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Meet Embedded BI: secure data dashboards for external stakeholders

Mark van Leest
Mark van Leest
27 Aug 2021 - 4 min read

To get value from data, people have to access and use them. In some cases, this means you need to share specific data with a group of external stakeholders. But how do you do this without compromising data security, while providing a great user experience? We found Microsoft Embedded BI to be an effective and secure way to share management information with the Board of Directors.

With a state-of-the-art cloud data platform in place and data distribution and access taken care of by Microsoft Power BI dashboards, your internal users’ data needs are all catered for. But how about external users, that are not in the corporate security ring? Take the Board of Directors, for example. They are external to your organization, but they do have a need for daily corporate performance data. This data is highly competition-sensitive and should under no circumstances fall in the wrong hands.

our solution

When we were confronted with this challenge by a client, we set three core objectives:

  • Build a web app that can be accessed by users that do not have an organization email address;
  • Secure this app, so that it can only be accessed by specific, authorized users;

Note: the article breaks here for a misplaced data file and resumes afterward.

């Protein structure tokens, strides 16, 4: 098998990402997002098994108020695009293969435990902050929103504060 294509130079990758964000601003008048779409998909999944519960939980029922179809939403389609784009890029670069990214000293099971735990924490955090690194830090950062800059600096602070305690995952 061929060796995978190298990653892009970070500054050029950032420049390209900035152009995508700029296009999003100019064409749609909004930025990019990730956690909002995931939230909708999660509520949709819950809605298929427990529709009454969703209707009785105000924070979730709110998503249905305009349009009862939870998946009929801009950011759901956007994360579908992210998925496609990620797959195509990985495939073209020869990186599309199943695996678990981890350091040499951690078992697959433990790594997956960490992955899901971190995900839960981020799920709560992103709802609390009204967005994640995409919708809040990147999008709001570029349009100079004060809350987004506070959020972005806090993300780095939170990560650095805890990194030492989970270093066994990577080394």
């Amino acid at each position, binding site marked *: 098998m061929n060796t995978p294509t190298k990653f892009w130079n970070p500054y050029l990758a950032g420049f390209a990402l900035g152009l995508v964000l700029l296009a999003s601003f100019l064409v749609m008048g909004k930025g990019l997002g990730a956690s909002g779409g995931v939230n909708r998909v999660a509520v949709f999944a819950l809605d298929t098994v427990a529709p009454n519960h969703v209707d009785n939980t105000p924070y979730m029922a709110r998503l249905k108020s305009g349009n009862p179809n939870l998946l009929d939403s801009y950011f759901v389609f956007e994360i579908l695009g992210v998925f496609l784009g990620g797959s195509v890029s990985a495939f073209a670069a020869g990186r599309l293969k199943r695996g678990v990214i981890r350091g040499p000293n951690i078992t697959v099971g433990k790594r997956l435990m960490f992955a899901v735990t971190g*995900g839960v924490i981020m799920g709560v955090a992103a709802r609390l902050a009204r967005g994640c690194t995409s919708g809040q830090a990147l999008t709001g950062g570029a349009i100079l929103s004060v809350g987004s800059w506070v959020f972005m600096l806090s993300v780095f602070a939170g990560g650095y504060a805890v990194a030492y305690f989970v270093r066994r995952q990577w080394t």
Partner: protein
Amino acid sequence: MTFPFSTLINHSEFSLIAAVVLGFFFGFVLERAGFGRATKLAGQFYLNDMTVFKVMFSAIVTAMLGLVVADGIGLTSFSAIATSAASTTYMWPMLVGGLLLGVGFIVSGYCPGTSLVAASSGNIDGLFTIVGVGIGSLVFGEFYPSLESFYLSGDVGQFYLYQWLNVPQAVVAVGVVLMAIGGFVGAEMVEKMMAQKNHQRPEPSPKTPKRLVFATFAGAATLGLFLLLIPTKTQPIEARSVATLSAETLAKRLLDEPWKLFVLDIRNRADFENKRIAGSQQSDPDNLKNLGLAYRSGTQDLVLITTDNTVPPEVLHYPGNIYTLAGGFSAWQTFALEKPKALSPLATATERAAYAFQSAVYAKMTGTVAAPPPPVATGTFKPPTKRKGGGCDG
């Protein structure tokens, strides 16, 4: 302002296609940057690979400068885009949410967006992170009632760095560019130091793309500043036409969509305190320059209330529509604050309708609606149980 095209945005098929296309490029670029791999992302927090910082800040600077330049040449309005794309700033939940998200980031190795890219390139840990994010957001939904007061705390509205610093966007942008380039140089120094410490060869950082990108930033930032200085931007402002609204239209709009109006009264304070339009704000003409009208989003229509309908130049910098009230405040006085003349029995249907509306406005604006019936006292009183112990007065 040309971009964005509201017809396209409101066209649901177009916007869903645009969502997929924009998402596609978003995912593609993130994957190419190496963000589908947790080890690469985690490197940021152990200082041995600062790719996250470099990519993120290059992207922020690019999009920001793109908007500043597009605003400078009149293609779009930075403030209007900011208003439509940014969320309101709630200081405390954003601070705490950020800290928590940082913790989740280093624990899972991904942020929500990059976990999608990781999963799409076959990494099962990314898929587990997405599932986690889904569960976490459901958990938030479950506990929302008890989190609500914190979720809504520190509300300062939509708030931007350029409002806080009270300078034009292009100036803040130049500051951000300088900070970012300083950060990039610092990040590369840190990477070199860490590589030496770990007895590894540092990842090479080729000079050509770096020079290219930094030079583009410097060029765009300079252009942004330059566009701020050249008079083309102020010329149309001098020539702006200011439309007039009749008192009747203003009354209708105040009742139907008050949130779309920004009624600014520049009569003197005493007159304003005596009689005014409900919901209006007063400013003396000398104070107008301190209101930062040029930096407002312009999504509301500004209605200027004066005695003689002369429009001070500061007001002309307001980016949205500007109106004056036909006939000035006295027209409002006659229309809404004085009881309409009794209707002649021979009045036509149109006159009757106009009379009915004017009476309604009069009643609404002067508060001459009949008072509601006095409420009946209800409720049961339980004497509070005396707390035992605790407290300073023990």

• Find a solution that does not require the end-user to own a Power BI license.

Power BI Embedded, a Microsoft Azure service, provides a functionality called ‘app owns data’. Using this, we gave an Azure app access right to the data the users needed and then embedded that Azure app in a web page using Azure App Service. Because the app owns the rights, the external users don’t have to.

There are many ways to secure a web app and Azure App Services offers 5 choices out of the box. We opted for the Microsoft Identity Platform, based on Azure AD, because this allowed us to tightly integrate web app security with the existing cloud security and use Azure Key Vault to further improve security. Combining these powerful components, we built a proof of concept that presented a prebuild Power BI dashboard in a React web app with a .NET back-end.

waking up to reality